Not that I can surpass the Plato's Cave analogy, but I do have a favorite spin on it, one that I occasionally trot out for a passing atheist:

A village of the blind-since-birth. One individual suddenly develops eyesight, the first villager to do so. Quite the revelation! This individual's spatial sense deepens beyond his previous imaginings. And the colors! He never knew they existed.

Taking in the sky, he tries to explain the color blue to the villagers. In fact, he tries to explain the concept of sky to them. Bottom line, he can't. He might use analogies like, well, "blue" is like a coating that you can't really touch, plus it's sort of "cold-like," not like ice, but like river water, etc. Some of the villagers might be intrigued with his analogies, but that's a far as it would go. Most would dismiss him, would almost have to dismiss him as crazy. They simply lack the frame of reference by which he senses colors - eyesight.

Anyway, I think that genuine apprehension of God and the Divine Archetypal Realm, to the extent that humans are capable of such, is literally the activation of sense organ(s), that is, a 6th, 7th (and on up) sense organ.

I would think that such higher sense organs would have some link with an aspect of the human brain, like the pineal gland, for example. Maybe the real substance of these higher organs is non-material. In any event, until such organs are to some degree activated, everyone lives in the village of the blind with respect to awareness of the Real.

Gagdad Bob said...

Yes, the brain architecture comes into being simultaneously with the encounter with a particular world....

Scheiben Honig said...

Once again you have posted nothing more than one vague, unspported assertion after another.

How could you be so cruel, so insensitive, so downright hostile in your discrimination against atheists? To suggest that an atheist cannot understand what you say is yes, I say it again, downright discriminatory and I am going to report you!

I'm going to report this guy as well, after I repay his cruelty with 100 comments:

This man, I think, is even more callous than you.

Herman the Speedbag.

Lisa said...

Here is a Chinese Proverb from an amazing book I am diving into right now..."Tell me and I forget. Show me and I remember. Involve me and I understand."

The book is The New Rules Of Posture, How to Sit, Stand, and Move in the Modern World by Mary Bond. Really great book if you are interested in physically moving through life in a graceful and effortless way.

Only about 12 bucks on Amazon, use one of Bob's links and he'll get some dough too!

maineman said...

Nice job, Will. I was thinking, after yesterday's food fight, of the analogy of a new math concept -- like in calculus for me -- that remains inpenetrable until the sudden insight makes it all seem so simple. But your description is better.

I was also thinking about the dark Herman's frustration that we weren't telling him anything, something he said over and over. My assumption is that most of us have been working at this, in one way or another, for many years. In Bob's case, as a psychoanalytically trained therapist, he must have spent a good deal of time on the couch in self-exploration to boot. It's a measure of someone's failure to grasp the immensity of what we are grappling with that he or she believes it can be so simply conveyed.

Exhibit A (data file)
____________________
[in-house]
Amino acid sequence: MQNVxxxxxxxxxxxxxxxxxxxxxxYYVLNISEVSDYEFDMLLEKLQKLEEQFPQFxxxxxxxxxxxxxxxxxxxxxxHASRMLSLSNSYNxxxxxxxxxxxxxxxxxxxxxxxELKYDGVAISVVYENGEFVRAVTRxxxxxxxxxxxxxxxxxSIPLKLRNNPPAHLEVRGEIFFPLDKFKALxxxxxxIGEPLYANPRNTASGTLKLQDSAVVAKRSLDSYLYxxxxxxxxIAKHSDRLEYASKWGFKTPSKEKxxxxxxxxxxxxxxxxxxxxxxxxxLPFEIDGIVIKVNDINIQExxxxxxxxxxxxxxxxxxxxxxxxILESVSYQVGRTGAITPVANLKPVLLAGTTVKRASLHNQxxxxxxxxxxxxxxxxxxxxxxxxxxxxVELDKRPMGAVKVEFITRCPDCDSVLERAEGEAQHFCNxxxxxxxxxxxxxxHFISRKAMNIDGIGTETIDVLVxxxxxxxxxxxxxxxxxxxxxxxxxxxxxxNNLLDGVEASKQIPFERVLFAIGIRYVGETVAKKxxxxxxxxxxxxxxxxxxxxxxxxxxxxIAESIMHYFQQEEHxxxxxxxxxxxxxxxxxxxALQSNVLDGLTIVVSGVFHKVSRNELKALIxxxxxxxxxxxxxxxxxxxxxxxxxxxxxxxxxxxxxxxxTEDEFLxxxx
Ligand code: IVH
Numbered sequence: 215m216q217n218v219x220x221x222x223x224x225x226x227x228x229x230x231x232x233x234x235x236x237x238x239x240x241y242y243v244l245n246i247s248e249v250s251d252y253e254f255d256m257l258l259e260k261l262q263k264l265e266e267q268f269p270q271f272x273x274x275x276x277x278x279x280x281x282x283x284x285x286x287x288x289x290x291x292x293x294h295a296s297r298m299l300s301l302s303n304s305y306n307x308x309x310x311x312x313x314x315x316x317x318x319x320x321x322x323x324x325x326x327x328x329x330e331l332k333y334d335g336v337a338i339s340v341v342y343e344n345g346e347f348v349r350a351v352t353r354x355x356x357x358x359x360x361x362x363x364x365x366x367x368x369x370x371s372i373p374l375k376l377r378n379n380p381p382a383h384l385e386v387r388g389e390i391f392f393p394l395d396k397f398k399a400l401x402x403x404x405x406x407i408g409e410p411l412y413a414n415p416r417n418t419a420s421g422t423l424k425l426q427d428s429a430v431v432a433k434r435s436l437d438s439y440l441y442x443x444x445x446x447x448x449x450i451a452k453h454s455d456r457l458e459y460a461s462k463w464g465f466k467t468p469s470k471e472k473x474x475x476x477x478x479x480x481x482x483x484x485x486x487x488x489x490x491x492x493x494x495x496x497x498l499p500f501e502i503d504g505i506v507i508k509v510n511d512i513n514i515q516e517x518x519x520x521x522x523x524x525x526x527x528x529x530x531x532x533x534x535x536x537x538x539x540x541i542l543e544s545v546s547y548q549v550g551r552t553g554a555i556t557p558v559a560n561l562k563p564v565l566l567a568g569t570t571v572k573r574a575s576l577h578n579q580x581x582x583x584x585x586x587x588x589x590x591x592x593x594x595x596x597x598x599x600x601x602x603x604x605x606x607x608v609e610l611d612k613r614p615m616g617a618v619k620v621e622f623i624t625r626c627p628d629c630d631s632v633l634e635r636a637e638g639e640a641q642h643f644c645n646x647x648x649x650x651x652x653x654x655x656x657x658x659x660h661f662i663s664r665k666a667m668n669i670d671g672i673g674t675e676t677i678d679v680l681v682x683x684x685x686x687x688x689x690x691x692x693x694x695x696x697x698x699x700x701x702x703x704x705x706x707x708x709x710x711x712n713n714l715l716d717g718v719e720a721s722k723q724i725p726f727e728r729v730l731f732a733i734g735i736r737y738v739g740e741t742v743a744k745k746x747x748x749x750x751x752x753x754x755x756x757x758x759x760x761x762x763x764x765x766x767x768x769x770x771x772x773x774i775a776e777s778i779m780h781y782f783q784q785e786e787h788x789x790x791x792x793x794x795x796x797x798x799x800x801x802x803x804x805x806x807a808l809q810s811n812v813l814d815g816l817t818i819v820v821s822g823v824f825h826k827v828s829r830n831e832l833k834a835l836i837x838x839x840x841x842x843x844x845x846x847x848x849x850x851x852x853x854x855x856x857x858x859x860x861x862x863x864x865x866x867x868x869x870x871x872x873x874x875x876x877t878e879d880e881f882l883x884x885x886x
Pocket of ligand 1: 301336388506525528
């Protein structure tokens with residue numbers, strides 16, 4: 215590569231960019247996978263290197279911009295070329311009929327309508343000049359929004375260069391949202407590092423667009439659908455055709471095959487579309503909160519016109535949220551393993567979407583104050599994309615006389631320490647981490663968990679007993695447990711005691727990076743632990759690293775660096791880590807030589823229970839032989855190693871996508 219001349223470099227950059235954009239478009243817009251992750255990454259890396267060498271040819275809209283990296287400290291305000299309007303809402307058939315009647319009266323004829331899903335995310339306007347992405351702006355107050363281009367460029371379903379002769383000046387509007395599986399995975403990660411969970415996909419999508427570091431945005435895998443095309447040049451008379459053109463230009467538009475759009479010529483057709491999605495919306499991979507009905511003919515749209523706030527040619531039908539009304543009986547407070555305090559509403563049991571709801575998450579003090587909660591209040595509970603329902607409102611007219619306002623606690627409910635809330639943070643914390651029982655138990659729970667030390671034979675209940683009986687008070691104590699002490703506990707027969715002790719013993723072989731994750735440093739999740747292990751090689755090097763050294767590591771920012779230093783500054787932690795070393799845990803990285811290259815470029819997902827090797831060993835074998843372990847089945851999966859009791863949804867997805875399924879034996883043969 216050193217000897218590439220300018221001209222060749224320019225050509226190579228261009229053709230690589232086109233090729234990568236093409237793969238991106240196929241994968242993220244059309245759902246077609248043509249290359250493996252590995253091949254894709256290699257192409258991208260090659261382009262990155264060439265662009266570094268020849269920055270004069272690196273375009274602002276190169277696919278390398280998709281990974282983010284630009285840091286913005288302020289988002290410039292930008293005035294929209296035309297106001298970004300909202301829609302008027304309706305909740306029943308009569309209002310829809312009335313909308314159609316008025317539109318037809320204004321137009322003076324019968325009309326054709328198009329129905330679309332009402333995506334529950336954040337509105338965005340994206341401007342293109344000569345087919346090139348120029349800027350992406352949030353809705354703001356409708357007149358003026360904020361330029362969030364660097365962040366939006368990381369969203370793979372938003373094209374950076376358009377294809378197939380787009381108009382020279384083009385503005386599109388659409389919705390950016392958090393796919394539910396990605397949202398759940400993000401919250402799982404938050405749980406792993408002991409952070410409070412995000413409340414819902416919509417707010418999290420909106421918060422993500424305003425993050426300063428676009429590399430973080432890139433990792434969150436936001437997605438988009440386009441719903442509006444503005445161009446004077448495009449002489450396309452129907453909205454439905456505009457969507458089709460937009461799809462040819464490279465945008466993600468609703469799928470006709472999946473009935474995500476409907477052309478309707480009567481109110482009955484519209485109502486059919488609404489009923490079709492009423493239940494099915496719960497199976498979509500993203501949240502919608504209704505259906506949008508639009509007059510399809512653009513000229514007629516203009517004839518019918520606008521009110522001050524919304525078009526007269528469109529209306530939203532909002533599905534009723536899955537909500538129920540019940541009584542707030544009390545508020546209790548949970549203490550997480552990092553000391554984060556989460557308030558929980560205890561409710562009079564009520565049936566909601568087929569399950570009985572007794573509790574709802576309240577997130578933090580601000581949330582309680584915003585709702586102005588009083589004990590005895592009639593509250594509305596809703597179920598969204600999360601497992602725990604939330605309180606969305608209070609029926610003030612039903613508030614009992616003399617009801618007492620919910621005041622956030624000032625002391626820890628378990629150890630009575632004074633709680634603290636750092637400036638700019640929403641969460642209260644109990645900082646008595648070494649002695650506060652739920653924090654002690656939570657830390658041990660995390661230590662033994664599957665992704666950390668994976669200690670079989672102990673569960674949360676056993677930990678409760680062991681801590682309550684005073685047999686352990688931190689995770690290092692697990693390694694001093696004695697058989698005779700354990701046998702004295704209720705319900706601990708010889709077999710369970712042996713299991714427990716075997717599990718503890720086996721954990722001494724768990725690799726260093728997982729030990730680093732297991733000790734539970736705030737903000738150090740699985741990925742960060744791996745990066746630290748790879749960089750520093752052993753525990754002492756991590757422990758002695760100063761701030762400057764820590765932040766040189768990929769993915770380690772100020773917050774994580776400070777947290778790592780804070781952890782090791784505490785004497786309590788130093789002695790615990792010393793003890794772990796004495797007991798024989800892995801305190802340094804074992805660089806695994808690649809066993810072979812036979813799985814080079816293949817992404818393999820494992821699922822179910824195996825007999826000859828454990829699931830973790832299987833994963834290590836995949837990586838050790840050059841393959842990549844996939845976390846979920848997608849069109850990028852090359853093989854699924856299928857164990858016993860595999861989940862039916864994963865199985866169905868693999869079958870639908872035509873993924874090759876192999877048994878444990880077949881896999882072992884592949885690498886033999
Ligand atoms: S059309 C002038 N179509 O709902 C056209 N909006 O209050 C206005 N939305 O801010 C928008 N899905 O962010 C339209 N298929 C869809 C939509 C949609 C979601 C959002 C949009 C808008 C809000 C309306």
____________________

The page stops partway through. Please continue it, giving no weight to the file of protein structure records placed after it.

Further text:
Dilys, you seem to me to be an extreme exception. I'm not sure I've ever known -- and I'm in my late 50's -- someone who was a spiritual seeker who ended up settling down with atheism at the end. It's almost always the opposite trajectory, which says a lot, I think.

juliec said...

"use one of Bob's links and he'll get some dough too!"

How does that work, if it's not something he has listed? I didn't know we could do that.

tapuwasi said...

From yesterday's posts, but pertinent to the discussion at hand:

"I'm afraid that there is no evidence for the existence of God, and hence no reason to believe that there is one. I would quite happily believe in Gods if there was evidence available, but there isn't any."

I would say that there IS sensory evidence of God (and people that get it know what I mean by this), but that this evidence cannot be repeated for others to experience--in other words, it has no route to intersubjectivity.

Bob tries, but I would say that even he can't do it.

Believers are getting the sensory evidence, but can't transmit the experience of it convincingly--

Non-believers, for whatever reason, are not receiving any sensory evidence and are therefore legitimately suspicious of claims made by believers. Who wouldn't be? You'd have to be an idiot.

How to break this heartbreaking impasse? I can see the frustrations experienced by folks on both sides of this huge divide.

And I wouldn't be so quick to pan Zen meditation; perhaps the first sensory opening could be gained by the practice in those who before weren't hearing anything.

tapuwasi said...

Oh, I see that Will commented on this similarly (and better). Excuse my otiosity.

NoMo said...

On the subject of spiritual growth, I received this recently from a wise older one whom I admire and now might be the time to share (apology for the length):

From the Ground Up

"We descend by self-exaltation and ascend by humility." —St. Benedict

Charles Simeon was a 19th century English preacher and leader of the evangelical revival in the Church of England. As he aged he was noted for his gentle, humble ways, but in his early years of ministry Simeon was proud and self-assertive.